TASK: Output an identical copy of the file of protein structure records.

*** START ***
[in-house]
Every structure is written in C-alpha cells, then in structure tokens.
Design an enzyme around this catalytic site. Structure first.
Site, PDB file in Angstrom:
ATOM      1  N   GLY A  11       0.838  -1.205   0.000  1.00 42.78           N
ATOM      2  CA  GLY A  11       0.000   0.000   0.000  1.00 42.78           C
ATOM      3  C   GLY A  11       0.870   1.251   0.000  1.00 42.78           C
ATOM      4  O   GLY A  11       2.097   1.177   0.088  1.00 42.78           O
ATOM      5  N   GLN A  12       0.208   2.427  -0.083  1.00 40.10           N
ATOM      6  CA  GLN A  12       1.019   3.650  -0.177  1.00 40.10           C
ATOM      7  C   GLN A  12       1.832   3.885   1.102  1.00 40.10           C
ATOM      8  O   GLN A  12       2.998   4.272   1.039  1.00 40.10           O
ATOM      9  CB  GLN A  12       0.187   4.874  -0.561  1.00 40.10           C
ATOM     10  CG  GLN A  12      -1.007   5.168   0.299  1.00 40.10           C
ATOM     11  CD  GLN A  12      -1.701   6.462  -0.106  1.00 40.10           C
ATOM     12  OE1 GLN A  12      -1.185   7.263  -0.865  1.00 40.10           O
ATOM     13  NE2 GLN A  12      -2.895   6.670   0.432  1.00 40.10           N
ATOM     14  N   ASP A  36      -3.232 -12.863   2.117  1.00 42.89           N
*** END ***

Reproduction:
[in-house]
Every structure is written in C-alpha cells, then in structure tokens.
Design an enzyme around this catalytic site. Structure first.
Site, PDB file in Angstrom:
ATOM      1  N   GLY A  11       0.838  -1.205   0.000  1.00 42.78           N
ATOM      2  CA  GLY A  11       0.000   0.000   0.000  1.00 42.78           C
ATOM      3  C   GLY A  11       0.870   1.251   0.000  1.00 42.78           C
ATOM      4  O   GLY A  11       2.097   1.177   0.088  1.00 42.78           O
ATOM      5  N   GLN A  12       0.208   2.427  -0.083  1.00 40.10           N
ATOM      6  CA  GLN A  12       1.019   3.650  -0.177  1.00 40.10           C
ATOM      7  C   GLN A  12       1.832   3.885   1.102  1.00 40.10           C
ATOM      8  O   GLN A  12       2.998   4.272   1.039  1.00 40.10           O
ATOM      9  CB  GLN A  12       0.187   4.874  -0.561  1.00 40.10           C
ATOM     10  CG  GLN A  12      -1.007   5.168   0.299  1.00 40.10           C
ATOM     11  CD  GLN A  12      -1.701   6.462  -0.106  1.00 40.10           C
ATOM     12  OE1 GLN A  12      -1.185   7.263  -0.865  1.00 40.10           O
ATOM     13  NE2 GLN A  12      -2.895   6.670   0.432  1.00 40.10           N
ATOM     14  N   ASP A  36      -3.232 -12.863   2.117  1.00 42.89           N